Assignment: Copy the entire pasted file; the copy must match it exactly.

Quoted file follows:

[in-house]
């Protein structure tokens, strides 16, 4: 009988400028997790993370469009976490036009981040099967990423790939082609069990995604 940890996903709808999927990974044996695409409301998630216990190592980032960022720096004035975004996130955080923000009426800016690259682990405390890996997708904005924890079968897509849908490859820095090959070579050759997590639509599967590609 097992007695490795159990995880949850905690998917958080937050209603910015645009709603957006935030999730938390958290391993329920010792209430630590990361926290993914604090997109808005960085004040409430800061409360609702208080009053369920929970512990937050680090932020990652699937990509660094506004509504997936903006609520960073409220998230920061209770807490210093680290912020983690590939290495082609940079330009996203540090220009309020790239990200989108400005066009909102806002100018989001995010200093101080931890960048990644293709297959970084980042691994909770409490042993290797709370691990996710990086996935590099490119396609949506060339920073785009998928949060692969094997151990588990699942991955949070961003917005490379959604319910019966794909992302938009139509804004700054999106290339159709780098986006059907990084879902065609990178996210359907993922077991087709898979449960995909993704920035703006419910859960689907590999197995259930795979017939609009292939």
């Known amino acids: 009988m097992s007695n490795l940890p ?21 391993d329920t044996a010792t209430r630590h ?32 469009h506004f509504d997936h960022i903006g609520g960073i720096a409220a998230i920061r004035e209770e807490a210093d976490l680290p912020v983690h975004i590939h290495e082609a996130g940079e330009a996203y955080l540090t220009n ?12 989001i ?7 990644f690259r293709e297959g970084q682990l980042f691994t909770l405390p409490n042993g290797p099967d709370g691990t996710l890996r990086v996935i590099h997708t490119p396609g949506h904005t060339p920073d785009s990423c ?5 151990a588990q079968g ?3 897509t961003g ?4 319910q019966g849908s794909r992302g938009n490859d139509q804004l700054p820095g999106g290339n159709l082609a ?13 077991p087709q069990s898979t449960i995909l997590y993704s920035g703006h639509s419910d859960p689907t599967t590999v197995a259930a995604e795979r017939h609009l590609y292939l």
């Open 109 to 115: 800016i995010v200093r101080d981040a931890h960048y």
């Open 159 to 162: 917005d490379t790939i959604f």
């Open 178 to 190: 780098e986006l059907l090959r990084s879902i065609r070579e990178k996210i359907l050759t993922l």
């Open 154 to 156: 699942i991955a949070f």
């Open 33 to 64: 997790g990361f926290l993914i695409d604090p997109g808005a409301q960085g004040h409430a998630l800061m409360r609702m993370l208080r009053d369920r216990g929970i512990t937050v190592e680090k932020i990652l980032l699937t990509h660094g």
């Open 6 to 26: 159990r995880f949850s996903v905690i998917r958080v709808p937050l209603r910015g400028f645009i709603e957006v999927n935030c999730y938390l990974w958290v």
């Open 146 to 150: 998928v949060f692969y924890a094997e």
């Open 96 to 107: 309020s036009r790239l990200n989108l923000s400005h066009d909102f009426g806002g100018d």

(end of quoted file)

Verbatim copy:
[in-house]
């Protein structure tokens, strides 16, 4: 009988400028997790993370469009976490036009981040099967990423790939082609069990995604 940890996903709808999927990974044996695409409301998630216990190592980032960022720096004035975004996130955080923000009426800016690259682990405390890996997708904005924890079968897509849908490859820095090959070579050759997590639509599967590609 097992007695490795159990995880949850905690998917958080937050209603910015645009709603957006935030999730938390958290391993329920010792209430630590990361926290993914604090997109808005960085004040409430800061409360609702208080009053369920929970512990937050680090932020990652699937990509660094506004509504997936903006609520960073409220998230920061209770807490210093680290912020983690590939290495082609940079330009996203540090220009309020790239990200989108400005066009909102806002100018989001995010200093101080931890960048990644293709297959970084980042691994909770409490042993290797709370691990996710990086996935590099490119396609949506060339920073785009998928949060692969094997151990588990699942991955949070961003917005490379959604319910019966794909992302938009139509804004700054999106290339159709780098986006059907990084879902065609990178996210359907993922077991087709898979449960995909993704920035703006419910859960689907590999197995259930795979017939609009292939």
């Known amino acids: 009988m097992s007695n490795l940890p ?21 391993d329920t044996a010792t209430r630590h ?32 469009h506004f509504d997936h960022i903006g609520g960073i720096a409220a998230i920061r004035e209770e807490a210093d976490l680290p912020v983690h975004i590939h290495e082609a996130g940079e330009a996203y955080l540090t220009n ?12 989001i ?7 990644f690259r293709e297959g970084q682990l980042f691994t909770l405390p409490n042993g290797p099967d709370g691990t996710l890996r990086v996935i590099h997708t490119p396609g949506h904005t060339p920073d785009s990423c ?5 151990a588990q079968g ?3 897509t961003g ?4 319910q019966g849908s794909r992302g938009n490859d139509q804004l700054p820095g999106g290339n159709l082609a ?13 077991p087709q069990s898979t449960i995909l997590y993704s920035g703006h639509s419910d859960p689907t599967t590999v197995a259930a995604e795979r017939h609009l590609y292939l």
């Open 109 to 115: 800016i995010v200093r101080d981040a931890h960048y």
């Open 159 to 162: 917005d490379t790939i959604f």
């Open 178 to 190: 780098e986006l059907l090959r990084s879902i065609r070579e990178k996210i359907l050759t993922l």
């Open 154 to 156: 699942i991955a949070f």
């Open 33 to 64: 997790g990361f926290l993914i695409d604090p997109g808005a409301q960085g004040h409430a998630l800061m409360r609702m993370l208080r009053d369920r216990g929970i512990t937050v190592e680090k932020i990652l980032l699937t990509h660094g």
């Open 6 to 26: 159990r995880f949850s996903v905690i998917r958080v709808p937050l209603r910015g400028f645009i709603e957006v999927n935030c999730y938390l990974w958290v």
């Open 146 to 150: 998928v949060f692969y924890a094997e």
């Open 96 to 107: 309020s036009r790239l990200n989108l923000s400005h066009d909102f009426g806002g100018d």